Military News

Tuesday, May 19, 2015

ANG begins digitizing Service Treatment Records

by Master Sgt. Marvin R. Preston
Air National Guard Readiness Center Public Affairs

5/19/2015 - JOINT BASE ANDREWS, Md. -- In line with President Barack Obama's Virtual Lifetime Electronic Record Initiative, the office of the Air National Guard Surgeon General has recently begun the process that will revolutionize how Air National Guard health records are stored.

The ANG SG team's transition plan to digitize paper medical records will meet a Department of Defense mandate and will allow records to follow military members when they separate or retire from the military and visit local Department of Veterans Affairs health centers.

A key component of this effort is the DOD Healthcare Artifacts and Image Management Solution, which will provide health care providers global access and awareness of artifacts and images generated during the health care delivery process.

"This project touches every Guardsman and affects their access to care and VA treatment," said Senior Master Sgt. Summer N. Brown, manager of Medical Readiness Operations at the Air National Guard Readiness Center. "The ANG Surgeon General has been working over the past two years to comply with the DOD mandate and with the assistance of Brig. Gen. Michael Taheri, [commander of the ANGRC]; an initiative was established to fund 89 medical groups with a full time National Guard day manpower equivalent to scan all paper records."

The Air Force Medical Operations Agency at Kelly Field, Texas, AFMOA Central Cell and 149th Medical Group, San Antonio, Texas, and the 59th Medical Treatment Facility, Joint Base San Antonio-Lackland, Texas, were all essential to the successful start of the project.

Beginning on Jan. 1, 2014, the military service departments, except the United States Coast Guard, stopped sending paper Service Treatment Records to the VA for separating or retiring service members. The military service departments, through the military treatment facility, scan completed and certified electronic STRs into the HAIMS. When the military service departments place the STR documentation into HAIMS, as the authoritative record, the military service departments will destroy the paper documentation.

"The Central Processing Cell has unique expertise and experience in the bulk scanning of Service Treatment Records, including those of government civilians and a small contingent of service members working the Air Force STR disposition program," said Lt. Col. Craig Lambert, deputy chief of the Health Benefits Division, Air Force Medical Operations Agency.  "The center provided one-on-one, bulk STR scanning training to medical personnel from all 89 ANG wings, over a three-month period to ensure that the standard followed at the [Central Processing Cell] is also followed at every ANG medical unit.  This training was crucial to establish competencies, eliminate variation and ensure efficiency of operations for the ANG."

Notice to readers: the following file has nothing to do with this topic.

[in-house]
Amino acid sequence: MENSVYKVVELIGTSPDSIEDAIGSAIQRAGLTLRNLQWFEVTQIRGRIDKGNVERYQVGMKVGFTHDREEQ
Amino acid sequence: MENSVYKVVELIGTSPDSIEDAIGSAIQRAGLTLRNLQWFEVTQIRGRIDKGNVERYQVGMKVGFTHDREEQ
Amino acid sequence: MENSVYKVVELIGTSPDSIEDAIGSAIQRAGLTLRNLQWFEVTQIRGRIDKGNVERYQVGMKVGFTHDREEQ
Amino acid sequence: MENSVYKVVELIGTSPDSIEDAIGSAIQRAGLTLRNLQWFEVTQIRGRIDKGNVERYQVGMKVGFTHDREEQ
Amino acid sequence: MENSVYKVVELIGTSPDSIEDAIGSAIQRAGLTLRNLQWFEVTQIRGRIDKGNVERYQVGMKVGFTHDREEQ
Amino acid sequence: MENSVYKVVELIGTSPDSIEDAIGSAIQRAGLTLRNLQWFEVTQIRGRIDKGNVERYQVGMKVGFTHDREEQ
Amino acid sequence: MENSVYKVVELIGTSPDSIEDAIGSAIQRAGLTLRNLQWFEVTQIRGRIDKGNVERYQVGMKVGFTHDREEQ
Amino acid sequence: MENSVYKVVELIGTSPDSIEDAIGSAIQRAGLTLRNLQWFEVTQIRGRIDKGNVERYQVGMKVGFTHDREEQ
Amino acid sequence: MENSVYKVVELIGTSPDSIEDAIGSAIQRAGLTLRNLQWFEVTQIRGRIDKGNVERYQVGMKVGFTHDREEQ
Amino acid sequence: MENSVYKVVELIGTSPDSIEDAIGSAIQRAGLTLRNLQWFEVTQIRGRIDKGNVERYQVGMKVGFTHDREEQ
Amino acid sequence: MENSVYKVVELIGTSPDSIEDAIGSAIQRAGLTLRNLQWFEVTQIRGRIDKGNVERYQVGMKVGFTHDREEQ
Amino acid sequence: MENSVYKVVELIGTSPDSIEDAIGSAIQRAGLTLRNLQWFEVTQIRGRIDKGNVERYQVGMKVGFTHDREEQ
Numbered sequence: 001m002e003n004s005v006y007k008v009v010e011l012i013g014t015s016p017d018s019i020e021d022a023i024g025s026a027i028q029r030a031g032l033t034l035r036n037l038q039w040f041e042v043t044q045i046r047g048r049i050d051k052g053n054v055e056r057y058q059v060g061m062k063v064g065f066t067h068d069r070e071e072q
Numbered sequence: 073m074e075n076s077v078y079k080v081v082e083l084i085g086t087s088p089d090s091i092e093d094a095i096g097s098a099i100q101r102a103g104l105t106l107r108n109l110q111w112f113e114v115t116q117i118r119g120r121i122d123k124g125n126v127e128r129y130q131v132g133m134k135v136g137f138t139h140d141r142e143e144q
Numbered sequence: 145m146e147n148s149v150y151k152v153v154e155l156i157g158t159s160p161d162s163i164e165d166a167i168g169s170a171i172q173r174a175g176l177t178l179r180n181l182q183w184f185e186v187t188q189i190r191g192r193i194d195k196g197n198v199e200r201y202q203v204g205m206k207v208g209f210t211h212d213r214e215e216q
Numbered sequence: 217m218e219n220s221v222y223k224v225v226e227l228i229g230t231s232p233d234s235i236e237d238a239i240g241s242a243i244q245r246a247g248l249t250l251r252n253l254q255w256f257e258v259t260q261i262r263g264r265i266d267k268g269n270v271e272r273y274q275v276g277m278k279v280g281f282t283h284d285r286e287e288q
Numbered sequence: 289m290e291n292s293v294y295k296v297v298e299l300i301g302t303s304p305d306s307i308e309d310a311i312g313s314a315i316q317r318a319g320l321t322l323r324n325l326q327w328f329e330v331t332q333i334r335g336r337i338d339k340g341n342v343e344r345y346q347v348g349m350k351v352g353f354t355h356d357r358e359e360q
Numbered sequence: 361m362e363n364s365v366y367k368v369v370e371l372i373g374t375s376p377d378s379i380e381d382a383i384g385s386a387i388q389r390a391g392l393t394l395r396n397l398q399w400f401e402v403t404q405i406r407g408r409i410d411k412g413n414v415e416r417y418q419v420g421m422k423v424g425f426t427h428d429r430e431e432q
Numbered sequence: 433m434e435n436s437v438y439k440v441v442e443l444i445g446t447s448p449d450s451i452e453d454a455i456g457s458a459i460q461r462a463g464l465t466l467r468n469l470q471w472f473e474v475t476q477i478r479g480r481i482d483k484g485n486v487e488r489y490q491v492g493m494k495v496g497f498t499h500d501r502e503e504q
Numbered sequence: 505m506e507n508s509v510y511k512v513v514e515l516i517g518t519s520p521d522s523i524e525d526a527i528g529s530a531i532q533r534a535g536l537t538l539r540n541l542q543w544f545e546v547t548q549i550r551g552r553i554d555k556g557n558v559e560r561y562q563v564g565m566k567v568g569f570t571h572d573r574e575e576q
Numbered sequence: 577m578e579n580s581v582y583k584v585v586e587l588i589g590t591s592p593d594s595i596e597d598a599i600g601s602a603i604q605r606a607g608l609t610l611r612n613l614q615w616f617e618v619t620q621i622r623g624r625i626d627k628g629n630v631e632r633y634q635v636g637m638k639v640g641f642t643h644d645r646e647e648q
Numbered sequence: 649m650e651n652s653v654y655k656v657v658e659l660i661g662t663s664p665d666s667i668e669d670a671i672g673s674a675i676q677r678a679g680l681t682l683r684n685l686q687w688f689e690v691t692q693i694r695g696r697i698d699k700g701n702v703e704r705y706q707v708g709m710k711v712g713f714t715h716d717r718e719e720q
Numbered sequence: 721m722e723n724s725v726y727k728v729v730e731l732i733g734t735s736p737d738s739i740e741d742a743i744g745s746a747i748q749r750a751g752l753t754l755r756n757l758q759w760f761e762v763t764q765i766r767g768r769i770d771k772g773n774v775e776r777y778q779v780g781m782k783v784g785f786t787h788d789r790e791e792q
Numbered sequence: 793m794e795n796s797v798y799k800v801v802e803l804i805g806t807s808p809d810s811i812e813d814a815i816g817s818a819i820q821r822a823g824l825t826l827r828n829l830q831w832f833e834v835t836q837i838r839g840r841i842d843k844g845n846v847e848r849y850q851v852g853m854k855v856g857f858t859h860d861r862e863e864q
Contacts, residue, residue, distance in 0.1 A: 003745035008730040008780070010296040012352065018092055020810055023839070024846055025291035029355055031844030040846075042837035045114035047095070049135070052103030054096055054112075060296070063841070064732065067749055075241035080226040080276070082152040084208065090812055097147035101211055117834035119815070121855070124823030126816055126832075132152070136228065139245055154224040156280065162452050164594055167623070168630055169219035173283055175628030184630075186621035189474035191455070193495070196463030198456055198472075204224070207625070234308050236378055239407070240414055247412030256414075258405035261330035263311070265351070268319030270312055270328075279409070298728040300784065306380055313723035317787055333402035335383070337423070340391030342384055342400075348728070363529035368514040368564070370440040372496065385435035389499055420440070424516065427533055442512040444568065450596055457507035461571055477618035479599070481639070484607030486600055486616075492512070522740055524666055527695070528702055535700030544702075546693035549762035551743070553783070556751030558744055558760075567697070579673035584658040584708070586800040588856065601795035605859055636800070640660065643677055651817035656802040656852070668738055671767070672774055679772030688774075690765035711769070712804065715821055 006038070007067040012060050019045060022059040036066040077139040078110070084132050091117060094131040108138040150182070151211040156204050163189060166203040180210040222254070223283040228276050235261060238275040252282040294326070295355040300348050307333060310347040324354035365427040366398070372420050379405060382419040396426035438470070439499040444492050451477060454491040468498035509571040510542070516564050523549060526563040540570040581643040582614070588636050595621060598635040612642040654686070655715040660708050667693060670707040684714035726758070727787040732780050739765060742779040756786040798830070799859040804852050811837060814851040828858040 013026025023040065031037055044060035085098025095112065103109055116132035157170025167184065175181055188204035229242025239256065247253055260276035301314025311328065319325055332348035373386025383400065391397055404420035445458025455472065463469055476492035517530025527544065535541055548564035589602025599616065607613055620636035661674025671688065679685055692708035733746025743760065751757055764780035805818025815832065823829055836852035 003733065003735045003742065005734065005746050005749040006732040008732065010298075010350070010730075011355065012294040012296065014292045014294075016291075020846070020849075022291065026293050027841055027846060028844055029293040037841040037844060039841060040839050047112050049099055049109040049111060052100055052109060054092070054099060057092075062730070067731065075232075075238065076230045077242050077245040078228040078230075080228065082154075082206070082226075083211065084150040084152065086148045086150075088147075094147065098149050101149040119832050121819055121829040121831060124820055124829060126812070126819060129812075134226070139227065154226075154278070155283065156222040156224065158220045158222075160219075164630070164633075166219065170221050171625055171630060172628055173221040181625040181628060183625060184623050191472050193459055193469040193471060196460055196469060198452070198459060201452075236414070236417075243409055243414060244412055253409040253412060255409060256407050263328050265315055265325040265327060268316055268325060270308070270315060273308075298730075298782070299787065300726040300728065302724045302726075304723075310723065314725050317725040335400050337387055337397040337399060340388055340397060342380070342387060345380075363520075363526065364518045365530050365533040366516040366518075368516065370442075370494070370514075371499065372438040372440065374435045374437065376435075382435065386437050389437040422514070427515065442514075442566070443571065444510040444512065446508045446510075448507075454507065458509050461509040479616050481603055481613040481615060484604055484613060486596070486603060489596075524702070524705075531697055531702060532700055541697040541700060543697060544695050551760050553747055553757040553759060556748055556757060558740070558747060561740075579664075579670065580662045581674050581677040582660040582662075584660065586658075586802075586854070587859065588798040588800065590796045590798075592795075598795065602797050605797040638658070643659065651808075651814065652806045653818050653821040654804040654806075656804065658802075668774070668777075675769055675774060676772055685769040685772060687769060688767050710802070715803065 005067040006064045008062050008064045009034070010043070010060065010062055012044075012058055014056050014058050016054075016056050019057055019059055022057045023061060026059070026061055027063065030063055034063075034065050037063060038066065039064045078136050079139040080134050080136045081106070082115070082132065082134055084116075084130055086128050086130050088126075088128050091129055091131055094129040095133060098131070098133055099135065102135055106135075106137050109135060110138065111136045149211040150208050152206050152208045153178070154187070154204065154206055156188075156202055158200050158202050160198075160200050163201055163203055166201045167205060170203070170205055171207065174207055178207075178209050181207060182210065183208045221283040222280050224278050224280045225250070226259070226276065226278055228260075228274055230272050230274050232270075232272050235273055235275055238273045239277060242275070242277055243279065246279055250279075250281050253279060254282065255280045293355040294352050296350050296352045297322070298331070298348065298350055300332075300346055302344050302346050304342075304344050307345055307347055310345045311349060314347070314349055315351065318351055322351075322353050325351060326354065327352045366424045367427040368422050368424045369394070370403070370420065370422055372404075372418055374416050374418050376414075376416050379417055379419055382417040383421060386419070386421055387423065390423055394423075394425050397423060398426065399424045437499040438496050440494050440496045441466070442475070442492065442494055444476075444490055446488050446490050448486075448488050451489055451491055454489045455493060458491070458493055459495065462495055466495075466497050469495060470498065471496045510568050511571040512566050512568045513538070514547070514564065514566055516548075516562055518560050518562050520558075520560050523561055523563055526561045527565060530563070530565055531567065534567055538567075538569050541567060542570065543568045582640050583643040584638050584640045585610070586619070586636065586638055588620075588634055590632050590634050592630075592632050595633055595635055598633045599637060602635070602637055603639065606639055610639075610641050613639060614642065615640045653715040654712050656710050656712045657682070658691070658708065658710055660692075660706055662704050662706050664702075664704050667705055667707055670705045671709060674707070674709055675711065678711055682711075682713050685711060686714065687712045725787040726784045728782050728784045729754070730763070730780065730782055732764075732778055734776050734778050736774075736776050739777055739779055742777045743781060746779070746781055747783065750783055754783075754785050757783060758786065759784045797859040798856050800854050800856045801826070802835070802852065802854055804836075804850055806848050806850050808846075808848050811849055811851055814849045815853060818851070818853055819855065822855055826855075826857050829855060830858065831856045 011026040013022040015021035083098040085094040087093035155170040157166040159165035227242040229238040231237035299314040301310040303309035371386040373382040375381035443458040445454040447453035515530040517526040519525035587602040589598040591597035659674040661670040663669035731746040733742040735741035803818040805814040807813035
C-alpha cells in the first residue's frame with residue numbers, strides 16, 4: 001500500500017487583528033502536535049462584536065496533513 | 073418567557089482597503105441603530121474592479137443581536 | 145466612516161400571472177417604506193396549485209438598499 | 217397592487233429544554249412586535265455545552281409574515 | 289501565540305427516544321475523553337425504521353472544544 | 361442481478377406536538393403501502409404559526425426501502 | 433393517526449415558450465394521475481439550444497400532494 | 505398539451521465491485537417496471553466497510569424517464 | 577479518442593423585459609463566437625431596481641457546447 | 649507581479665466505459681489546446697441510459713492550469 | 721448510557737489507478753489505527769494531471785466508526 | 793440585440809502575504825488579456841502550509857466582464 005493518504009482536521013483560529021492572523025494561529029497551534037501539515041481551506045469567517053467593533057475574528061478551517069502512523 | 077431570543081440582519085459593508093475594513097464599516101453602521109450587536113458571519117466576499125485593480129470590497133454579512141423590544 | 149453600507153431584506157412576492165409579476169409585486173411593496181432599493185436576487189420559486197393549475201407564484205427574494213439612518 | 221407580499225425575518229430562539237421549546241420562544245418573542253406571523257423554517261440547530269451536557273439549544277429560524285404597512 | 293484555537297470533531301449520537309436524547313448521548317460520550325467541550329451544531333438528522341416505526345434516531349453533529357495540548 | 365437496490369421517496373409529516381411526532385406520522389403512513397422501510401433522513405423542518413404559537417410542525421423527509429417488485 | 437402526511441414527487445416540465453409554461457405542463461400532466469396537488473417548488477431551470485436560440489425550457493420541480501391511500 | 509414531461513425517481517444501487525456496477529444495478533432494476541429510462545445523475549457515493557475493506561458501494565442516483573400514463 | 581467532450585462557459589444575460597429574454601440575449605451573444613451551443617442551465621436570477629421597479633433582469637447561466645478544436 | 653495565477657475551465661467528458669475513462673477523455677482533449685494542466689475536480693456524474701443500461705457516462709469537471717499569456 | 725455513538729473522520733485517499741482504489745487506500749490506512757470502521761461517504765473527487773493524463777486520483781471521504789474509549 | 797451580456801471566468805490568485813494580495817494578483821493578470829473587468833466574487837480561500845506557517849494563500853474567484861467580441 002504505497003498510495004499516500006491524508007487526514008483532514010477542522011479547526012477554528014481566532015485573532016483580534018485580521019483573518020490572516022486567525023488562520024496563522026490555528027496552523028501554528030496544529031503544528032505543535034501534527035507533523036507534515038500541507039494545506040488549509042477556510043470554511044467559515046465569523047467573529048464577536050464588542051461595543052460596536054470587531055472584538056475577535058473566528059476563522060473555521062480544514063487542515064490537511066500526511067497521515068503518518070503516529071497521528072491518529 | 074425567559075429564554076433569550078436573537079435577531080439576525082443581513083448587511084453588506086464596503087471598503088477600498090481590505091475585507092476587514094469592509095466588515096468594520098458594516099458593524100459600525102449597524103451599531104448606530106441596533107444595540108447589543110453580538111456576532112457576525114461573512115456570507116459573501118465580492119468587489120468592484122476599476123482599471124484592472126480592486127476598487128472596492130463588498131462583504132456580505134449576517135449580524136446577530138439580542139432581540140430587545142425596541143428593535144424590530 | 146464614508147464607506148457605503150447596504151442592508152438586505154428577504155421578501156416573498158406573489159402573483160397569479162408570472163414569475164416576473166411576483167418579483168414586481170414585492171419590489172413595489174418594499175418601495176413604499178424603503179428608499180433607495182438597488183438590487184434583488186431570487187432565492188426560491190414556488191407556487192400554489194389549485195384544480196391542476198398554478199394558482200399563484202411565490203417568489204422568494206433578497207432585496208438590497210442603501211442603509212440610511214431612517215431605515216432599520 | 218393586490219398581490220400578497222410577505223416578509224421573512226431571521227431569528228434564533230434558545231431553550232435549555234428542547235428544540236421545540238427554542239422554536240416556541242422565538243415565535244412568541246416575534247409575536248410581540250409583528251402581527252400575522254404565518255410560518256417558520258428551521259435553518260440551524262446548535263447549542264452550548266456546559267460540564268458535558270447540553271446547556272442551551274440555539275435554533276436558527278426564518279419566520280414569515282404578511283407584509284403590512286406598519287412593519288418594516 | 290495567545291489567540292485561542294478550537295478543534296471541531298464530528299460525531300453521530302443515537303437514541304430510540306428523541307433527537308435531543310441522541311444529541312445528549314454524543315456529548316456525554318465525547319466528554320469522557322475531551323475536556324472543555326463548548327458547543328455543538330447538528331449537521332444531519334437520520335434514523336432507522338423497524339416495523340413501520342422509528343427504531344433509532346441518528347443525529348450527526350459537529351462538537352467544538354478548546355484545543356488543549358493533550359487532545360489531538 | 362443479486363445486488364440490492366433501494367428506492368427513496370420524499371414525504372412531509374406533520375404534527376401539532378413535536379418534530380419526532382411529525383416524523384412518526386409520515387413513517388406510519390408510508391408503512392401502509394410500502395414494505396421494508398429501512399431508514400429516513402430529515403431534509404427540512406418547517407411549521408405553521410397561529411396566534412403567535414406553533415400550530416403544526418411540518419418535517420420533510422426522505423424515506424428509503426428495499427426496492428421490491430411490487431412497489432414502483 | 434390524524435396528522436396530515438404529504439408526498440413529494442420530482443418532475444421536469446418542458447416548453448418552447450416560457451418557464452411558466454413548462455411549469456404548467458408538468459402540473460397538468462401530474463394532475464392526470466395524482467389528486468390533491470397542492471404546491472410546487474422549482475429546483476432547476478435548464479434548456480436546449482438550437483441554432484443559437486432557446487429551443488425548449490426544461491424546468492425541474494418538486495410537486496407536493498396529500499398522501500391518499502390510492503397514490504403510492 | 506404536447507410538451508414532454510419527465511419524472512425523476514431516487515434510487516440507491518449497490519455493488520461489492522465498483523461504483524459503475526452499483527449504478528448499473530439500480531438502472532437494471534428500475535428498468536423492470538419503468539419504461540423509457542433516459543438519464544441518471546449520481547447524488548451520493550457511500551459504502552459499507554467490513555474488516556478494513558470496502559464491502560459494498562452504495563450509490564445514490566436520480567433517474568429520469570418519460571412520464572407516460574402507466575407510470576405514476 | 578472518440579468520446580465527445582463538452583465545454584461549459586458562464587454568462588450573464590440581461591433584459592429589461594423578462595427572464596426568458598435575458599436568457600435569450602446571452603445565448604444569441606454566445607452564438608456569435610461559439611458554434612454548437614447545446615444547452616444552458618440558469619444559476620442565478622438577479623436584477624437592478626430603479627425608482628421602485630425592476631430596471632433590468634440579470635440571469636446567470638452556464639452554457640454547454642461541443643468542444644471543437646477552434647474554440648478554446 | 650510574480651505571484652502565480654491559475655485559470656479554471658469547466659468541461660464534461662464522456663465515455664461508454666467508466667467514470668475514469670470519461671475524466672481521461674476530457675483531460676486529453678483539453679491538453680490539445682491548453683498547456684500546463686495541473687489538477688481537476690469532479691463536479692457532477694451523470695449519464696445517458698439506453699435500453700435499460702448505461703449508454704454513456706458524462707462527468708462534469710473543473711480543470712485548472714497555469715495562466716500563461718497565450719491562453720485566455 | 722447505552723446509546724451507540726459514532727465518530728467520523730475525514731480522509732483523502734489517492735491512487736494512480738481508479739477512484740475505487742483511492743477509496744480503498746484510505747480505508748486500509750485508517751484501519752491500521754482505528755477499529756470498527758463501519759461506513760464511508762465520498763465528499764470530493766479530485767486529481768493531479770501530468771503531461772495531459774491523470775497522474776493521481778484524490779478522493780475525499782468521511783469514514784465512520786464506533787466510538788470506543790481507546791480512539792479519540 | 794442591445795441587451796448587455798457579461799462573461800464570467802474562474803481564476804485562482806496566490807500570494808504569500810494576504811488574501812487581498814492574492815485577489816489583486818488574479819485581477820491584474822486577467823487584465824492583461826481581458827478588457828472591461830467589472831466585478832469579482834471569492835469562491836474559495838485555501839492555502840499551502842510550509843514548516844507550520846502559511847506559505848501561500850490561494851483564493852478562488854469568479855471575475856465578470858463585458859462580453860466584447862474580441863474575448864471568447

The establishment of the process and its management took the work of several offices, agencies and multiple subject matter experts.

"The Air Force STR disposition process takes a team effort and having all Air Force components work together is in the best interest of service members and allows the VA to accomplish their mission to properly and timely adjudicate compensation, pension or claims," said Lambert.

The creation and implementation of the training curriculum was assigned to ANG personnel liaised to the Air Force STR Central Processing Cell.

Staff Sgt. Terri De Guzman, Guardsman from the 146th Medical Group, Channel Islands, California, the primary author of the training plan and Master Sgt. Katiria I. Sanchez, an instructor liaised from the 129th MG, Moffett Field, California, trained personnel representing each ANG medical group, in the correct procedures of HAIMS digitization.

"Now we can go seek care anywhere and have our information in one location and accessible to all medical facilities," said Sanchez. "This process will assist with expediting the amount of time it takes for medical records to be made available to the VA for our members who are seeking medical care and benefits.  If anything this is the best part of digitizing our medical records, it is taking care of our people."

Another benefit to digitizing records is the decreased cost of shipment to and from the STR Processing Cell. This eliminates the possibility of records being misplaced and vital information being inadvertently disclosed.

According to the 2012 Electronic Health Record DOD Factsheet the Department of Defense and VA share more health information than any two organizations in the nation. The continued improvements in information sharing and records portability will help improve the continuity of care for service members and veterans, help ensure that physicians have the most accurate medical history of a patient, and improve patient safety.

Key Benefits of HAIMS:

- Access point for DoD providers to view VA artifacts and images
- Population health and medical research for wounded warriors
- Mass scanning for Veterans Benefits Administration compensation and pension benefits determination
- Mass ingestion capability to external repositories
- Use of electronic STRs to initiate paperless disability benefits claims will streamline the claims adjudication process, reducing the likelihood of new claims from being added to the VA's disability claims backlog
- Reduced cost for shipping of records

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